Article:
There are some similarities between these two figures: both have long white beards, both of their attires are red and white, both love children and reward them for being good throughout the year, and in more modern times both arrive in town in November, being the main focus of a parade. However, the history and cultures of these two countries have shaped the rest of these two holiday icons quite differently.  Sinterklaas’s story has evolved from the middle ages, where its roots mired the real saint’s life, and has been changed by the influence of The Netherlands’ changing culture, and particularly its secular and non-secular history.  His attire, that of a bishop, dates back to pre-Protestant Reformation times, his arrival from Spain in a steamboat references back to the real Saint Nicholas (whose remains ended up in Bari, which at one time was part of the Spanish Empire; the arrival by steamboat is attributed to an 1800s writer, whose understandment likely refers to the patron saint of sailors), his sidekicks, “Zwarte Pieten”, derive from the Moorish occupation of Spain and also The Netherlands territories in Africa during its Golden Age, and Zwarte Pieten’s representation as bad and evil, likely shaped by the church’s belief that unacceptable behavior would not go unpunished.

Our American Santa Claus’s history is much shorter.  It is widely believed that he was introduced by the early Dutch settlers in New York and Pennsylvania during the 1600s. But the Santa Claus we know and revere today was largely shaped by the poem “The Night Before Christmas” by Clement Clarke Moore written in 1823 and by cartoonists of the 19th century, particularly Thomas Nast. Our beloved Santa Claus has always been viewed as a strictly non-secular image of Christmas.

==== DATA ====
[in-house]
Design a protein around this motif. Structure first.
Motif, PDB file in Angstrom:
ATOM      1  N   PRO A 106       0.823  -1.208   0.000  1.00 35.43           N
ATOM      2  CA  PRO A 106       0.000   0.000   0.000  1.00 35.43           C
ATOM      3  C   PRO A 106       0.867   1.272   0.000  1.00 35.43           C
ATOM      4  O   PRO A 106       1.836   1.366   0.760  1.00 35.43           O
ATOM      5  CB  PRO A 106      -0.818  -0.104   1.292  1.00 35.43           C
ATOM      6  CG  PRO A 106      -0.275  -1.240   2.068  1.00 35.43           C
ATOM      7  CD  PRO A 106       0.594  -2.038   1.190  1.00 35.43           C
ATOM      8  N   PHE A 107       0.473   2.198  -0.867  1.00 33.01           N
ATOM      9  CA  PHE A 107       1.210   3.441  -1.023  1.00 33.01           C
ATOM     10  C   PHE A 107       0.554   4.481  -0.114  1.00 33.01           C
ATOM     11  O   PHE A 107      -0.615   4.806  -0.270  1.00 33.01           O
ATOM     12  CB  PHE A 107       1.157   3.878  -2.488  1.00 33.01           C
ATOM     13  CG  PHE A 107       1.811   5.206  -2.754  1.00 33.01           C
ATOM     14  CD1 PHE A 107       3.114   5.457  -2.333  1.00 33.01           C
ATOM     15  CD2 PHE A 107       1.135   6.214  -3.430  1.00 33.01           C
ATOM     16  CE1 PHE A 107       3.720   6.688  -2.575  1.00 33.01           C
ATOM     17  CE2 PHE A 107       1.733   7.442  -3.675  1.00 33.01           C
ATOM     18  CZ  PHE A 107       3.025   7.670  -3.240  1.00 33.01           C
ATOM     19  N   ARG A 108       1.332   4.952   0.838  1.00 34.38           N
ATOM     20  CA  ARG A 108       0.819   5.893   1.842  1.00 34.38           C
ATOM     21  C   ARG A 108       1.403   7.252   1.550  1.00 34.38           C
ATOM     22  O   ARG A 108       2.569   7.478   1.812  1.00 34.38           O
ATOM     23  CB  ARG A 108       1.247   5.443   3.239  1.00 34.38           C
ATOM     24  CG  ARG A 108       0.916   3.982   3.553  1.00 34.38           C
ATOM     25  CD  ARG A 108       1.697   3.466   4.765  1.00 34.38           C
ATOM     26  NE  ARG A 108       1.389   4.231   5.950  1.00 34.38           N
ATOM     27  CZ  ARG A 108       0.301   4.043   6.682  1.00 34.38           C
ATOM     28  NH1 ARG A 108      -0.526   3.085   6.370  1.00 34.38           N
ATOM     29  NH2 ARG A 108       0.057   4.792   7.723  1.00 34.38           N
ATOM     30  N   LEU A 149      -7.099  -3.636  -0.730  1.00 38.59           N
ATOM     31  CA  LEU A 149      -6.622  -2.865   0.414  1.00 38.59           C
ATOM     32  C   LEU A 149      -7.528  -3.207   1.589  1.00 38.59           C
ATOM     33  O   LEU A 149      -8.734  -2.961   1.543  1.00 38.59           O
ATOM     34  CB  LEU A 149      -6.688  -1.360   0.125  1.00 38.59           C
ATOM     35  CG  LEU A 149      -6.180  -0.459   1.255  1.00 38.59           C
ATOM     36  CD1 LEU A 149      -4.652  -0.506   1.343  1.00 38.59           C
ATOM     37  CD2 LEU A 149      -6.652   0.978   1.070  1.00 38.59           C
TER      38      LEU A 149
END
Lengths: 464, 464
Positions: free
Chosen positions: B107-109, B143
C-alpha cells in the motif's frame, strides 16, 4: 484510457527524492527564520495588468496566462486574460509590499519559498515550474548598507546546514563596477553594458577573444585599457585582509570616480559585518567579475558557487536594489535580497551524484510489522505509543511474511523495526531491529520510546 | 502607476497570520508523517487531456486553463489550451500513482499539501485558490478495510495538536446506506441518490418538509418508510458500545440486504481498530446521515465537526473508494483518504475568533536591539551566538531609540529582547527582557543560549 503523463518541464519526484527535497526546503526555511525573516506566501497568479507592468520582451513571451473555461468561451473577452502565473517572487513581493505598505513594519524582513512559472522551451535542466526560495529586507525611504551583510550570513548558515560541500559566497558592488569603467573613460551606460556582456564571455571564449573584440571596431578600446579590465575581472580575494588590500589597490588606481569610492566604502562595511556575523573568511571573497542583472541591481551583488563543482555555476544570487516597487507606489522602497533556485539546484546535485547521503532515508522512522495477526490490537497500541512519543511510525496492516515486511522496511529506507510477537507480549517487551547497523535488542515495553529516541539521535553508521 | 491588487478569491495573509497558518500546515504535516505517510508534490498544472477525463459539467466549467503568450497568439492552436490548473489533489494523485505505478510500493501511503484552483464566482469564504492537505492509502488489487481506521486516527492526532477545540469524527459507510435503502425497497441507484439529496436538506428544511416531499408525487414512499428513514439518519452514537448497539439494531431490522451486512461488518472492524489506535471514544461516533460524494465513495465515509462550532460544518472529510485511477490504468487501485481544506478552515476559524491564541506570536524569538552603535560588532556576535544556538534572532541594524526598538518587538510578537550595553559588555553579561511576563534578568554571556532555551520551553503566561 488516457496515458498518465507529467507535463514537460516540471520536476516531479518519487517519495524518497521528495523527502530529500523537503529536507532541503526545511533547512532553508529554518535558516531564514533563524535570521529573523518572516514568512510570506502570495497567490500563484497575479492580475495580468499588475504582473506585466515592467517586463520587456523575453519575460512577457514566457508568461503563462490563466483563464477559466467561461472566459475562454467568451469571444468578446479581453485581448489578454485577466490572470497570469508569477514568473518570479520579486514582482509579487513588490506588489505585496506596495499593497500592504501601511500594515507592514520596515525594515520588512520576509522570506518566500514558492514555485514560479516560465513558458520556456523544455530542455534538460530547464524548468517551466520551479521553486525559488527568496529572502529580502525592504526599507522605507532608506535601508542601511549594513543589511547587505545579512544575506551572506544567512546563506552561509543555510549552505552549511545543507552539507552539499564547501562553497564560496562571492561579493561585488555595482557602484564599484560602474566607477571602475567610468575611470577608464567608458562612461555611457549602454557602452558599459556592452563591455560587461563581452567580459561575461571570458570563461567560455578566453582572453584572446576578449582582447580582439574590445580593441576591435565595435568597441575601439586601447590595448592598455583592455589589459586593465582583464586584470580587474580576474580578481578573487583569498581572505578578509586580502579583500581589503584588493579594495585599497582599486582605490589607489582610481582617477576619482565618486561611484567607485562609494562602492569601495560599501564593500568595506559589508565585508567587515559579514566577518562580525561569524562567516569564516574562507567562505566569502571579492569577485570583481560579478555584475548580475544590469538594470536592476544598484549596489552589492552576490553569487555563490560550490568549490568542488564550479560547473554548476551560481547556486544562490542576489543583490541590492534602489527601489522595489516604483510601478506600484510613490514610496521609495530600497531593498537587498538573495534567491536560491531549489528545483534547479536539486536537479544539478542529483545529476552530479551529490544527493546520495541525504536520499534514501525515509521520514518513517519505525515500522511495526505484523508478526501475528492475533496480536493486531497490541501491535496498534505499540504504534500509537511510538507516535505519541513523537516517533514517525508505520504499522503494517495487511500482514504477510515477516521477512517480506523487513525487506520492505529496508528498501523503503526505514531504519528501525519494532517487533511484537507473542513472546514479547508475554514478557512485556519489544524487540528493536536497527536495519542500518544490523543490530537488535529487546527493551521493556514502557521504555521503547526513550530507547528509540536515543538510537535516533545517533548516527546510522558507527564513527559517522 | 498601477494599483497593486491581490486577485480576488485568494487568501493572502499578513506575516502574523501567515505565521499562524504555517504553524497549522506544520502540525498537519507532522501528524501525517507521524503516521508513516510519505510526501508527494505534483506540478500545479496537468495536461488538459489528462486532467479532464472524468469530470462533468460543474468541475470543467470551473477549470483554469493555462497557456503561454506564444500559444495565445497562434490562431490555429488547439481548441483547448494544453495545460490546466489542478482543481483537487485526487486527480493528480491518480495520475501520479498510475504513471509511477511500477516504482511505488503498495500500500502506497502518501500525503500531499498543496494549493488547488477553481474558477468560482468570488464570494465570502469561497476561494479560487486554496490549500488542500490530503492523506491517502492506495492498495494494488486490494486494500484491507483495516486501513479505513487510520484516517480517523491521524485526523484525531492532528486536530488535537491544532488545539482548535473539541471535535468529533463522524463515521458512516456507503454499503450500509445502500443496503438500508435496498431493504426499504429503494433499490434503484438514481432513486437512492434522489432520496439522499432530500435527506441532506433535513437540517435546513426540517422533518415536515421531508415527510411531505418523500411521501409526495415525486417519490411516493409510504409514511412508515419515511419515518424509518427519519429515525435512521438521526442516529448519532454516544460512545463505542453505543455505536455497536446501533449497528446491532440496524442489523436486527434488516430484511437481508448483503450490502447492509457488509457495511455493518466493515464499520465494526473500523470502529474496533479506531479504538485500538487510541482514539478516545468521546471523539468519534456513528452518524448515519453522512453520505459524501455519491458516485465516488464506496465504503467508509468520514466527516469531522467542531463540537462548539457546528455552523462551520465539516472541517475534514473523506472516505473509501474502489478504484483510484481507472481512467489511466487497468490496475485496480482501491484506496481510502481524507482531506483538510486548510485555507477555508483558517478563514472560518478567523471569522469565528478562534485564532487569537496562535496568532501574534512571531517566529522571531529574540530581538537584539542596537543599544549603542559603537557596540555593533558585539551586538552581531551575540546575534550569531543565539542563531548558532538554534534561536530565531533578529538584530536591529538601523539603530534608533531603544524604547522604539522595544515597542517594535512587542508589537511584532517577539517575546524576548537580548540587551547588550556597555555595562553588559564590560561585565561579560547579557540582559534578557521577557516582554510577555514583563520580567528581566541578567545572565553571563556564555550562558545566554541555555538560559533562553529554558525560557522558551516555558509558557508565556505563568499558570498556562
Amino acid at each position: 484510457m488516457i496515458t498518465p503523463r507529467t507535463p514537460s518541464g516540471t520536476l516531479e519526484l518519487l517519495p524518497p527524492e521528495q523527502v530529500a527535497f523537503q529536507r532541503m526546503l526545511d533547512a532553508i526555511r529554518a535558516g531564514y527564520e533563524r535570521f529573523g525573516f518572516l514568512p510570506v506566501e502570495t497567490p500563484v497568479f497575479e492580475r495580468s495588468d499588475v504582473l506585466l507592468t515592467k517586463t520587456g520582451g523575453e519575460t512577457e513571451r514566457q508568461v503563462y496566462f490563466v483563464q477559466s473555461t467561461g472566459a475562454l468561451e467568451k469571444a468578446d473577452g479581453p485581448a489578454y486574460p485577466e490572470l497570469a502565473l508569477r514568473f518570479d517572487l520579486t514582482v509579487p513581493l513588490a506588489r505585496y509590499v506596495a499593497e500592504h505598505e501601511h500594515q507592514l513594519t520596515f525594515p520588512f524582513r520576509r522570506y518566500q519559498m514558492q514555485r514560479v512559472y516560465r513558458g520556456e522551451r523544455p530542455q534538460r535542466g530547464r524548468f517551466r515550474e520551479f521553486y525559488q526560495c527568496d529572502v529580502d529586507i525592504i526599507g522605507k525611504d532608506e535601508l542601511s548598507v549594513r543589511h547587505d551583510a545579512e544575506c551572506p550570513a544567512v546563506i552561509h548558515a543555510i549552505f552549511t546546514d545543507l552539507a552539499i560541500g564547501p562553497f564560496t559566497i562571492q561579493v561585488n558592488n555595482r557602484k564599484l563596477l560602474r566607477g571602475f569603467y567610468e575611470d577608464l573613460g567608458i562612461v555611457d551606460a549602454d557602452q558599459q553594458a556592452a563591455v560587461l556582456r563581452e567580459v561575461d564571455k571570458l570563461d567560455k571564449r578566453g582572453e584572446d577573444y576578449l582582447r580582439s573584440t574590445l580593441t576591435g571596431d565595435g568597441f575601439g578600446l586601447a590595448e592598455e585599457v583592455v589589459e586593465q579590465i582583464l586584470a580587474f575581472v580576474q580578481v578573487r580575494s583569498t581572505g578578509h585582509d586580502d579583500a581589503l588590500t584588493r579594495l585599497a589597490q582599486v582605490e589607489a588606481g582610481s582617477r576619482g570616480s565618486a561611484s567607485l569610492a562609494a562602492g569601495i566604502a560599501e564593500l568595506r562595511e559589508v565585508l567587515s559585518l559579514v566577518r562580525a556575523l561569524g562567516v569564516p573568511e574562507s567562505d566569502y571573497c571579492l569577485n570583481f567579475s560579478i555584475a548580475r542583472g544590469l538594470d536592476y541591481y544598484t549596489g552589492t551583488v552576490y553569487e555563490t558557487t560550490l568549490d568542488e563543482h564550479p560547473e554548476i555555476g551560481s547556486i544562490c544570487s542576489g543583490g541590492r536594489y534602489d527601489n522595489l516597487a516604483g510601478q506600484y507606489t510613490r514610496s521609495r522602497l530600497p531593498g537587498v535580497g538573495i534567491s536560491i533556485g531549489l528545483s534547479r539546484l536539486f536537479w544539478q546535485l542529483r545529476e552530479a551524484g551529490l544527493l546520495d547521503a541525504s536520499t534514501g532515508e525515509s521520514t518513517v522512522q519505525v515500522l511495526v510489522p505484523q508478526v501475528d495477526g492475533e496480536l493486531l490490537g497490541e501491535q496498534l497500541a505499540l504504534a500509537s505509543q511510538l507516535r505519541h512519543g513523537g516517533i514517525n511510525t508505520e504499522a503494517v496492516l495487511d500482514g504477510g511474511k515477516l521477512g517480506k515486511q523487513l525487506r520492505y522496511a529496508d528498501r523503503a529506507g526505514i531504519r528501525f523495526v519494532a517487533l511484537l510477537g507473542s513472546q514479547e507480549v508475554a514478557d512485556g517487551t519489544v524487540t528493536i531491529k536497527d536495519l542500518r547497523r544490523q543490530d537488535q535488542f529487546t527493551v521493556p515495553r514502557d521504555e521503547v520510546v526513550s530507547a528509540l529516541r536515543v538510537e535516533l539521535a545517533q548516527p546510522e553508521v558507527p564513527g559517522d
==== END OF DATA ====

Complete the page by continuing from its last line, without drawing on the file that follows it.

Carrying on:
By the time my great-grandparents arrived in America in 1890, Santa Claus was as much a part of the Christmas spirit as its religious counterpart, the celebration of the birth of Jesus.  But the commercialization of Christmas around Santa Claus would have probably come much later, first with the invention of the radio and later the television.  So the Reyst and Smouter families likely carried on the tradition of celebrating Sinterklaas on December 5th and 6th for a few years while their children were young.  Among the sparse belongings that they brought with them, I am sure there were pairs of wooden shoes that their four small children placed out on St. Nicholas Eve in hopes that they would be filled with candy  and small treats in the morning.  As a parent I know that I would have told my small children that Santa Claus would find them no matter where we lived in the world, so I am pretty confident that my grandparents and their siblings were also reassured that Sinterklaas would find them in their new homes in America.  In contrast to the celebration and gift-giving of Sinterklaas, Christmas Eve and Christmas Day would have been observed strictly as a religious event, attending church and spending time with family.

As I child I was fascinated with how different cultures celebrated the holidays. As a mother I had the opportunity to relive that awe through my oldest child, Erin. Every December her third grade teacher would depart from the usual curriculum and dedicate part of each afternoon to student reports on a particular country’s holiday celebration. In addition to the required poster board presentation, which would be proudly displayed on the walls above their lockers outside their classroom door, the children were encouraged to use other visuals as they reported on their chosen country’s traditions. The children bought in traditional holiday decorations, including homemade crafts, and even bite-sized samples of foods traditionally served during those holiday celebrations.  Maybe this year, you can take your own children or grandchildren on their own adventure and explore how families elsewhere in the world are celebrating the holidays this year.